This story was originally published Aug. 17.
Researchers at the University of Southern California in Los Angeles have developed a method to sequence the transcriptome of single neurons after taking electrophysiology measurements, allowing them to correlate neuronal phenotypes with gene expression.
The scientists, who collaborated with Illumina, published their method last month in Frontiers in Genetics. According to James Knowles, professor of psychiatry and the behavioral sciences at the University of Southern California's Keck School of Medicine and a senior author of the paper, this is the first time researchers have combined the patch clamp methodology with RNA-seq.
The approach requires no sophisticated laboratory equipment, making it broadly accessible, the authors noted.
The new method reflects the growing interest in single-cell genomic analysis. At the Biology of Genomes meeting this spring, for example, several researchers presented methods for sequencing the genomes of individual cells for cancer, genetic mapping, and other studies (IS 5/15/2012). Also, last month, Swedish researchers published a study where they sequenced the transcriptomes of single circulating melanoma cells (CSN 7/25/2012).
Previous studies have used microarrays to measure gene expression in single neurons, but according to the USC authors, sequence-based transcriptome profiling offers a number of advantages, such as an extended linear detection range, high accuracy, binary readings, and independence from a reference genome.
"Our study differs from previous studies in that we developed protocols specifically for assaying neurons, and our method can be directly coupled with electrophysiology studies on individual neurons, thus enabling the correlation of single-cell cellular phenotypes with single-cell expression phenotypes," they wrote.
For their study, the scientists analyzed five cultured mouse embryonic hippocampal neurons as well as three layer-5 pyramidal neurons from a fresh mouse brain slice.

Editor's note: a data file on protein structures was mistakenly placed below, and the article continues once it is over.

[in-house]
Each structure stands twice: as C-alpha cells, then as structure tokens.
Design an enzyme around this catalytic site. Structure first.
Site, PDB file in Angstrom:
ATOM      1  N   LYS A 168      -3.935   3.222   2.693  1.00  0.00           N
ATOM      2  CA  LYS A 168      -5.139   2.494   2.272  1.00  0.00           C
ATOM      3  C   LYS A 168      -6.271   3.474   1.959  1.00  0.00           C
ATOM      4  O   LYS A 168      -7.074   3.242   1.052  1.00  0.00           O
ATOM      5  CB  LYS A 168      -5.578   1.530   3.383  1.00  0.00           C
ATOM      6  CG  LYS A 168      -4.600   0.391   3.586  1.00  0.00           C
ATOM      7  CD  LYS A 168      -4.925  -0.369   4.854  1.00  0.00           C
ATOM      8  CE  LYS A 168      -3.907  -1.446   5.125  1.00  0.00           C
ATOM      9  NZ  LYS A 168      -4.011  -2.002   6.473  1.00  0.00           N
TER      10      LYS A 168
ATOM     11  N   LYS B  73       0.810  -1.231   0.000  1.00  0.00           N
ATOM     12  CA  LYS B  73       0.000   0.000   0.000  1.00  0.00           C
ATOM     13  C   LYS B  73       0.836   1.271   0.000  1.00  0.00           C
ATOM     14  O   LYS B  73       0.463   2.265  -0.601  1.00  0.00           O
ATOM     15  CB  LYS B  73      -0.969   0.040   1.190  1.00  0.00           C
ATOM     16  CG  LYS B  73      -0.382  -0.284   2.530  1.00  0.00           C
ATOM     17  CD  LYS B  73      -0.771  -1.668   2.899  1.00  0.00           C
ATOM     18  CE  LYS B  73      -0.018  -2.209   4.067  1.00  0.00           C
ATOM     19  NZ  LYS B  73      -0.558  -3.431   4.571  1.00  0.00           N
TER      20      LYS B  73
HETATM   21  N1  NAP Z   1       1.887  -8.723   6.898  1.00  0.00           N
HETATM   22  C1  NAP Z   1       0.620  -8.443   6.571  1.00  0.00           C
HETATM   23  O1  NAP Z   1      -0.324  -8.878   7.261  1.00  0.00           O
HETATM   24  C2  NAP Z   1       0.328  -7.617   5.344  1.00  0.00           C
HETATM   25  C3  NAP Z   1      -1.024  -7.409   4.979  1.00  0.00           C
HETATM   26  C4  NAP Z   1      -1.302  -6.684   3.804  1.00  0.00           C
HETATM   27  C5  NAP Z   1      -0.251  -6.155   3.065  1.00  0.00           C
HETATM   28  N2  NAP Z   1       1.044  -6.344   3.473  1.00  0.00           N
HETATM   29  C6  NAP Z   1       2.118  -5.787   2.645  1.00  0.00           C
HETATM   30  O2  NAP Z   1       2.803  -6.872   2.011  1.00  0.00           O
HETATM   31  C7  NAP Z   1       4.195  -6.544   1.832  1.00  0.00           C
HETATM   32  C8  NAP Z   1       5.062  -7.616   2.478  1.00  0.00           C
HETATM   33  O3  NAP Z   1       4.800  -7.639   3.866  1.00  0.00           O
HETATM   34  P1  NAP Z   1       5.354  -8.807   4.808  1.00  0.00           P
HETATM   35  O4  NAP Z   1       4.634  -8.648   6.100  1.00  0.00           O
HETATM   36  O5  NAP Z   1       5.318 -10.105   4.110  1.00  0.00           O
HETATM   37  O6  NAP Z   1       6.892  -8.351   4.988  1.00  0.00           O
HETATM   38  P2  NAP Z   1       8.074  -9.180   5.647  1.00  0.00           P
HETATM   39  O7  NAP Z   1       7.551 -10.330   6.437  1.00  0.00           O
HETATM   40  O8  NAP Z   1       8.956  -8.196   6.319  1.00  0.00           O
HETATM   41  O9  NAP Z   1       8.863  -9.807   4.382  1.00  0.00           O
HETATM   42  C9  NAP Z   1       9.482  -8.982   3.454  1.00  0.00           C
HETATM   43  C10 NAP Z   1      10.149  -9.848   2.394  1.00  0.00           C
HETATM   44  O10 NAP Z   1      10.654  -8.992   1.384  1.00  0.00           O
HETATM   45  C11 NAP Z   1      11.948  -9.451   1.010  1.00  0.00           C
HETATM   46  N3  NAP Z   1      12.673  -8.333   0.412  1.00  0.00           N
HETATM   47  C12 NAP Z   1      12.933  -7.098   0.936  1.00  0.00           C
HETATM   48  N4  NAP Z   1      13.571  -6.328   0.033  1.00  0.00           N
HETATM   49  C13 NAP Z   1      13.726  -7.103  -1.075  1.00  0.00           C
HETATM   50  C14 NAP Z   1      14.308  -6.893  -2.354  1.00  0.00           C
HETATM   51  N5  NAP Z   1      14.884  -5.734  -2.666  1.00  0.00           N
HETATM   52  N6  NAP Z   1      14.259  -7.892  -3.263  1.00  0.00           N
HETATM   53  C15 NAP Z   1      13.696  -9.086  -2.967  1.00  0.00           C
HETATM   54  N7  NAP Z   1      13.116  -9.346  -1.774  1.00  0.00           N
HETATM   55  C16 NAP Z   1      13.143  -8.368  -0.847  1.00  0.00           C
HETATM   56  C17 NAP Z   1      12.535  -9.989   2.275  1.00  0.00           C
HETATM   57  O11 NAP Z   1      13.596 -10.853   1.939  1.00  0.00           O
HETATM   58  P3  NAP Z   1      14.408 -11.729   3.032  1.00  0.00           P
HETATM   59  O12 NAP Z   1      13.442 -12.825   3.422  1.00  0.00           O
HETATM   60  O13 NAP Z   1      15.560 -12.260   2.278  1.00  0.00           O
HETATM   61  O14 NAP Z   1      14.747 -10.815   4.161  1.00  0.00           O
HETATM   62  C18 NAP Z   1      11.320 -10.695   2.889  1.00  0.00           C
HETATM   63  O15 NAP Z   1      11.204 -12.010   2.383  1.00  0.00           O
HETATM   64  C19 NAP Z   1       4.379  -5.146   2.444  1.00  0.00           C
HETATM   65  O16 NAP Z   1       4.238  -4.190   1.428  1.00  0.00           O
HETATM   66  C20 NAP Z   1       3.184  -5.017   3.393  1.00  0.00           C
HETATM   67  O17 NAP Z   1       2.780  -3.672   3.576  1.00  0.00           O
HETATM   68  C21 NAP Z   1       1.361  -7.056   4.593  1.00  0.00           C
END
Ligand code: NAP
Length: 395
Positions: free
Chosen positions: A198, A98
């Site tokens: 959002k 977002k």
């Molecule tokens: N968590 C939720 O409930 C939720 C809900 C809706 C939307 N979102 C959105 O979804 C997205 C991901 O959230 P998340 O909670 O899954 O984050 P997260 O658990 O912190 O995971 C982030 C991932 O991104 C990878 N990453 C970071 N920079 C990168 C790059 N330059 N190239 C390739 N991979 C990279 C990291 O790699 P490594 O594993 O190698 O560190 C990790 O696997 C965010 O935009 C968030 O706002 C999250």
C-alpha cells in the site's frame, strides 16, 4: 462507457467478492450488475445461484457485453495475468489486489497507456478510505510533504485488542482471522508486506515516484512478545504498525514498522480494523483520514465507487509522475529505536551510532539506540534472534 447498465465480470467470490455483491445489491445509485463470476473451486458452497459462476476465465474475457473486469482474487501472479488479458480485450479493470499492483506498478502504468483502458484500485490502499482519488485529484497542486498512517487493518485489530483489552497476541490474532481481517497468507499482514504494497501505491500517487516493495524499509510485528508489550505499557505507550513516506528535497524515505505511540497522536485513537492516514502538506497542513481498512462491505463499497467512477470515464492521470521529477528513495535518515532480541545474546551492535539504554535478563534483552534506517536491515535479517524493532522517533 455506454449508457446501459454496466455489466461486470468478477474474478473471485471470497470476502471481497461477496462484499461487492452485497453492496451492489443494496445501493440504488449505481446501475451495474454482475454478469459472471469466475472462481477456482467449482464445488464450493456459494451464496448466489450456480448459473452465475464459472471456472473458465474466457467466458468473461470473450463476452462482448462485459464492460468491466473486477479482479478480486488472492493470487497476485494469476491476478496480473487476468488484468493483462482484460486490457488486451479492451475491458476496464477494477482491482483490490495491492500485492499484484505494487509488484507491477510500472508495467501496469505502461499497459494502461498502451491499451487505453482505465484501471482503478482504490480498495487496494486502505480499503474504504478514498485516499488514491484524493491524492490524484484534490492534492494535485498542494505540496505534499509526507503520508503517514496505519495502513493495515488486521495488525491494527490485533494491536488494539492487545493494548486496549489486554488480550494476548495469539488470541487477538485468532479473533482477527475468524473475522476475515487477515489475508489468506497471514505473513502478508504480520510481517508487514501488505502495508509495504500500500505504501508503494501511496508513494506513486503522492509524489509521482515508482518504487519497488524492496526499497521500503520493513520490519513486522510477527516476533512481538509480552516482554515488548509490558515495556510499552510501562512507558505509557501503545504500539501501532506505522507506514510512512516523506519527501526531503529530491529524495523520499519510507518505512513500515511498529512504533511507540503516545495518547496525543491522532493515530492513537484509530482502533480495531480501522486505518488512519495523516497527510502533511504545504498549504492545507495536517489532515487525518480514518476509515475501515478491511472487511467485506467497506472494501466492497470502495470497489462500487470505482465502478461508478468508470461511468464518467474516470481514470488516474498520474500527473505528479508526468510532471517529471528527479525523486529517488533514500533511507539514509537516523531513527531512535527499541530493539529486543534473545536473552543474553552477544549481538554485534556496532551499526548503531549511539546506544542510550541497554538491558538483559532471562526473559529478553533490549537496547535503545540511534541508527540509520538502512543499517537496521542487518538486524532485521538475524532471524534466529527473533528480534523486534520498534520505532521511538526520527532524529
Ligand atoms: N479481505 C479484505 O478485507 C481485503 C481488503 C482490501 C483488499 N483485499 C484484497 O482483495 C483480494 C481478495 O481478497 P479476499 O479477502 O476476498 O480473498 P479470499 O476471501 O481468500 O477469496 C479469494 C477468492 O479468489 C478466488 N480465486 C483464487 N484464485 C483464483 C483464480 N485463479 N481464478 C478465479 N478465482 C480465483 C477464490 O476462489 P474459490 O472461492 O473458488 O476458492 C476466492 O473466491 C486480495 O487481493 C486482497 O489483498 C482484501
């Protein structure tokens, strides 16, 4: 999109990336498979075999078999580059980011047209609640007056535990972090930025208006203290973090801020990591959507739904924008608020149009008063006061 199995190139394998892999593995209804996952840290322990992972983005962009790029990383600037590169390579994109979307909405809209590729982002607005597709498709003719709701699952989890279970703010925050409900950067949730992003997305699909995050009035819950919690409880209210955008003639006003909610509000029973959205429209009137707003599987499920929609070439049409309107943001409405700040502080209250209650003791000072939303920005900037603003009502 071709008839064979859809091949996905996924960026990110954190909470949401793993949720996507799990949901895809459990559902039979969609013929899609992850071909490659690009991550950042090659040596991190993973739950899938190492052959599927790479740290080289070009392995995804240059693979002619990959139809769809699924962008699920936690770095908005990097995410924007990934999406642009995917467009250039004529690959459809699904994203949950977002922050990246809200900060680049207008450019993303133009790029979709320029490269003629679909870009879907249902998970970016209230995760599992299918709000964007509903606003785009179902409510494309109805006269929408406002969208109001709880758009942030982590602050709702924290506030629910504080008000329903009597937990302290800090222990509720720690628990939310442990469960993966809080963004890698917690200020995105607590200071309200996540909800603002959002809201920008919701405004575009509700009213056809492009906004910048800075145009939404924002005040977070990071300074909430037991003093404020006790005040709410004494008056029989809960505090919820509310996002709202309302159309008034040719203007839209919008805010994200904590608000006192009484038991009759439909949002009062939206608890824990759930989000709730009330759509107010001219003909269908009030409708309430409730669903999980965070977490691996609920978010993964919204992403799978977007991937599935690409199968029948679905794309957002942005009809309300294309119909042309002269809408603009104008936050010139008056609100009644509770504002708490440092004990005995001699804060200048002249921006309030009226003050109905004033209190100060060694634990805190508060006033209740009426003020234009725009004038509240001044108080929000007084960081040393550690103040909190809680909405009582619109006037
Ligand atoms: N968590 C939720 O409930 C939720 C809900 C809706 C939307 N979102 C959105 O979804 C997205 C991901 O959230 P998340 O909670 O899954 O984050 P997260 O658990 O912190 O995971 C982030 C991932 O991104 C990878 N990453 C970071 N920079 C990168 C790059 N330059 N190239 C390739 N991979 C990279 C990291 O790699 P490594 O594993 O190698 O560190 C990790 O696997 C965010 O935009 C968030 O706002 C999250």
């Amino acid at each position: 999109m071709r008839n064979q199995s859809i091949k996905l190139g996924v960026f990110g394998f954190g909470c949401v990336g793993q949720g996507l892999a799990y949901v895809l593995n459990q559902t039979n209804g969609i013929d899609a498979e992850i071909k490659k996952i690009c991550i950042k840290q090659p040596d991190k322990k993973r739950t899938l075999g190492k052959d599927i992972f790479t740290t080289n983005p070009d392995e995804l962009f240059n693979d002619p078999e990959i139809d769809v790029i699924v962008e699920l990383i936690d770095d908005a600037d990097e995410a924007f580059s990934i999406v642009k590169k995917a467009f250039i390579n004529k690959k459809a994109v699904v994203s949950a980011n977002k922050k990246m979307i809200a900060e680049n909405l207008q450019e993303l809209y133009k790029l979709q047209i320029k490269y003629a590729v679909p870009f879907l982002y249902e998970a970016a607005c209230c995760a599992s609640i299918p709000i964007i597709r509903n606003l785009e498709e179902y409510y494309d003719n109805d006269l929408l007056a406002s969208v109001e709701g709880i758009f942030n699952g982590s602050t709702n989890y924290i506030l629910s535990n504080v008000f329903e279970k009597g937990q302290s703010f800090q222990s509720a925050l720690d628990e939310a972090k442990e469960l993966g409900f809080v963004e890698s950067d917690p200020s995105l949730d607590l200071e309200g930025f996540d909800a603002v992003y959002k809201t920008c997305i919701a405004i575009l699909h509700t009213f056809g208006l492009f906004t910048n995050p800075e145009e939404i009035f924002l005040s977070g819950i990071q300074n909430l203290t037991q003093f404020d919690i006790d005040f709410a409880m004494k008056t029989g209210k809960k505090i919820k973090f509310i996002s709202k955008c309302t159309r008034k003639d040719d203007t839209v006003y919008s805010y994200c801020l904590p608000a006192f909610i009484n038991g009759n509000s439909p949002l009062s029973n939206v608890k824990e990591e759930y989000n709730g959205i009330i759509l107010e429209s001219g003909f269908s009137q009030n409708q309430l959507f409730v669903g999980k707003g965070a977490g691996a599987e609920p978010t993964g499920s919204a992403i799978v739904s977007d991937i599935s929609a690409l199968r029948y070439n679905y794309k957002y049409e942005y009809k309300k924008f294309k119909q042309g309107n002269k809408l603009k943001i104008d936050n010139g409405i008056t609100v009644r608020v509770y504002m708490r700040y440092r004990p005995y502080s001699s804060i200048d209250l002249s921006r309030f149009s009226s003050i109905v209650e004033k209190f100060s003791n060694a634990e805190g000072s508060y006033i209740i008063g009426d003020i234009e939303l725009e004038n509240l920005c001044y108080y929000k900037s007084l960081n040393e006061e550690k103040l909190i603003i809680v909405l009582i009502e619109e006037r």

Using a patch electrode, they first measured membrane and electrophysiological properties of a single neuron and then sucked out its contents for sequence analysis.
They prepared RNA-seq libraries using the SMARTer Ultra Low input RNA kit from Clontech, which can take as little as 100 picograms of RNA input, and Illumina's DNA sample prep kit, and sequenced the library on the Illumina GAIIx. On average, they generated 22 million 50-base-pair reads per neuron, which they aligned to the mouse genome and analyzed to quantify expression levels for each transcript and gene. Knowles said the method should also be adaptable to other sequencing platforms.
The scientists found that gene expression differed markedly between individual cells, but more between the cells from the brain slice than between the cultured cells, suggesting that neurons in the brain are more heterogeneous than in vitro. While they did not perform technical replicates, they wrote that "our previous experience showed that correlations between technical replicates are typically >0.95, so that noises from the sequencing run per se are unlikely to have major influence."
Using patch-clamping to obtain the RNA from single cells has advantages over other methods, Knowles said. Dissociating cells and separating them via a cell sorter, for example, might change gene expression. And using laser capture microscopy, it is difficult to hit just one cell without getting parts of another cell as well. On the other hand, his own method might leave some of the cell content behind, he said.
Contamination is a concern, and minute amounts of nonspecific DNA or RNA "ruin your prep," Knowles said. In fact, in their paper, the researchers noted that their first set of experiments failed because their sample was contaminated with DNA from pollen, since the work was done on an open lab bench in the springtime. To avoid this, they have since switched to a laminar flow hood.
Another possible way to avoid contamination is to use a microfluidic device as a barrier. Knowles said his group has been using NuGen Technologies' Mondrian system (IS 4/17/2012) to generate DNA sequencing libraries and plans to adapt it for single-cell RNA-seq libraries as well. They also recently started to use NuGen's Ovation Ultralow Library System kit for RNA-seq and have seen "good performance" with that as well.
As a next step, Knowles and his team plan to use the method on neurons in hippocampal sections that have been stimulated with excitatory molecules in order to see how gene expression changes at the single-cell level.
Knowles said the method could be further improved by using an array of micropipettes, which a computer could move through brain tissue, sucking out neurons as they are hit by the pipettes. That way, a three-dimensional tissue transcription map could be constructed. "That's something we could envision but is not currently funded," he said.
Also, he said, as the technology improves, it might become possible to do RNA-seq not only on single cells but on subcellular compartments, for example dendrites and axons of neurons. There is some evidence, he said, that different isoforms are directed to different regions of a neuron.